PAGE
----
As part of HelpAge International’s project on advancing the rights and protection of conflict-affected older South Sudanese migrants in Ethiopia, Uganda and South Sudan, HelpAge commissioned the Humanitarian Policy Group (HPG) to conduct a study on older South Sudanese displaced by conflict, both within South Sudan and across the border in Uganda and Ethiopia.
More than 500 women and girls die in emergency settings every day due to complications arising from pregnancy and childbirth (UNFPA, 2018, p. 3). In 2017, an estimated 535 million children (nearly one in four of the world’s children) lived in countries affected by emergencies (UNICEF, 2017). This report provides examples of organisations working in maternal, newborn and child health (MNCH) in emergency settings and some key technical resources.
Alexander Betts, Remco Geervliet, Claire MacPherson, Naohiko Omata, Cory Rodgers, Olivier Sterck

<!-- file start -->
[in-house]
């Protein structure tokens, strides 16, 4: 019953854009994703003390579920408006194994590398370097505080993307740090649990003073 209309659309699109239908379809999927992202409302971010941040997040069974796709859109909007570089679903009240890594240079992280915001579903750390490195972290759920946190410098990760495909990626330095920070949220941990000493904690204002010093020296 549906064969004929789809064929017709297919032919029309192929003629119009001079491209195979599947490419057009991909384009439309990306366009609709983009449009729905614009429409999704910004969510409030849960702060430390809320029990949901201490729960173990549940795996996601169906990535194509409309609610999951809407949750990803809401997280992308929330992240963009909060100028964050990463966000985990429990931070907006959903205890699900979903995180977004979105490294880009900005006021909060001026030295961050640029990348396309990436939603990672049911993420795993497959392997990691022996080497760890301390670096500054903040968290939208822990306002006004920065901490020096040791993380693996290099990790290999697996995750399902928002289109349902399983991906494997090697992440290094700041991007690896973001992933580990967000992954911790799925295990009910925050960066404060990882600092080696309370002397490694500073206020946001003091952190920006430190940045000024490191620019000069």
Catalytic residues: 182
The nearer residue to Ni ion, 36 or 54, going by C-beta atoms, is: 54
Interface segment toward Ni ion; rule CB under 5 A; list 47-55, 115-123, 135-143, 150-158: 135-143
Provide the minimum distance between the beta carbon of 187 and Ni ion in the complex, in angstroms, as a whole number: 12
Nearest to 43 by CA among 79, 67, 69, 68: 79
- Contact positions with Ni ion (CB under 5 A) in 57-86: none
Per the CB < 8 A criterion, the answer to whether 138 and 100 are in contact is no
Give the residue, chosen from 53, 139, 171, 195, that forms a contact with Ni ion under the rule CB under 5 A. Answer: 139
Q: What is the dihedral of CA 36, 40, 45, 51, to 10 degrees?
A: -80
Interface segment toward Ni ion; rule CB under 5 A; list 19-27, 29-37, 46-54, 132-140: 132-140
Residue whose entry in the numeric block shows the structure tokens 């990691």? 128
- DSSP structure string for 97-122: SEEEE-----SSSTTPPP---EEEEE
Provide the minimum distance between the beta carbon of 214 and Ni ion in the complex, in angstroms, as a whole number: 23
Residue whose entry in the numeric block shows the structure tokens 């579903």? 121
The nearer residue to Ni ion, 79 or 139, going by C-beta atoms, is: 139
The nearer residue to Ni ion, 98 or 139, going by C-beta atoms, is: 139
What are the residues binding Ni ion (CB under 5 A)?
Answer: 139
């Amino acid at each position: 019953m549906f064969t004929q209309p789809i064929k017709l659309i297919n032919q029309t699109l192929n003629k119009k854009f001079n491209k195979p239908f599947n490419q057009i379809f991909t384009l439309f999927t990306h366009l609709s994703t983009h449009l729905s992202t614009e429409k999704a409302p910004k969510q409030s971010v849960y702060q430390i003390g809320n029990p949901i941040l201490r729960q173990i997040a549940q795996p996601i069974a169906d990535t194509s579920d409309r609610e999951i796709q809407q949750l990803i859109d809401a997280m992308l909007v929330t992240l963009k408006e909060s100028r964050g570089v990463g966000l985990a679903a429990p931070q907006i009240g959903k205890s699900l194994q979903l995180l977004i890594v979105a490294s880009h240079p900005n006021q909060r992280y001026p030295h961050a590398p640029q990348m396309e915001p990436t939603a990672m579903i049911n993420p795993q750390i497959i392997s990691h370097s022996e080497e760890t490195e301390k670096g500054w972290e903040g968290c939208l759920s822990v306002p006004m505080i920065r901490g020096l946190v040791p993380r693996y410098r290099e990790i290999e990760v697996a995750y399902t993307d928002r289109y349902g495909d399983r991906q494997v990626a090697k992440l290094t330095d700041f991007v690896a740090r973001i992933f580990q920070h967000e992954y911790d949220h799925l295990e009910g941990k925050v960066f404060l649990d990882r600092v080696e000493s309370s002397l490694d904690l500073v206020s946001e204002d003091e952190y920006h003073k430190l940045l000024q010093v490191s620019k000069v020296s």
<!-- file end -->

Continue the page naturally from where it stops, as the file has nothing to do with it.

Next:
Context. Kenya hosts nearly 500,000 refugees.1 Most of these refugees are from Somalia, but Kenya also hosts refugees from South Sudan, Ethiopia, DRC, Burundi, and Sudan. Historically, most of the refugees have been concentrated in three main locations: the Dadaab camps, the Kakuma camps and Nairobi.
Whilst older people have special needs, they also have unique skills, experiences and roles within their families, communities and societies. These roles continue to a certain extent during droughts, though household burdens may increase as younger adults have migrated or are grazing livestock further away.
Findings and recommendations for food security analysis: South Sudan, Somalia, Nigeria and Yemen March 2018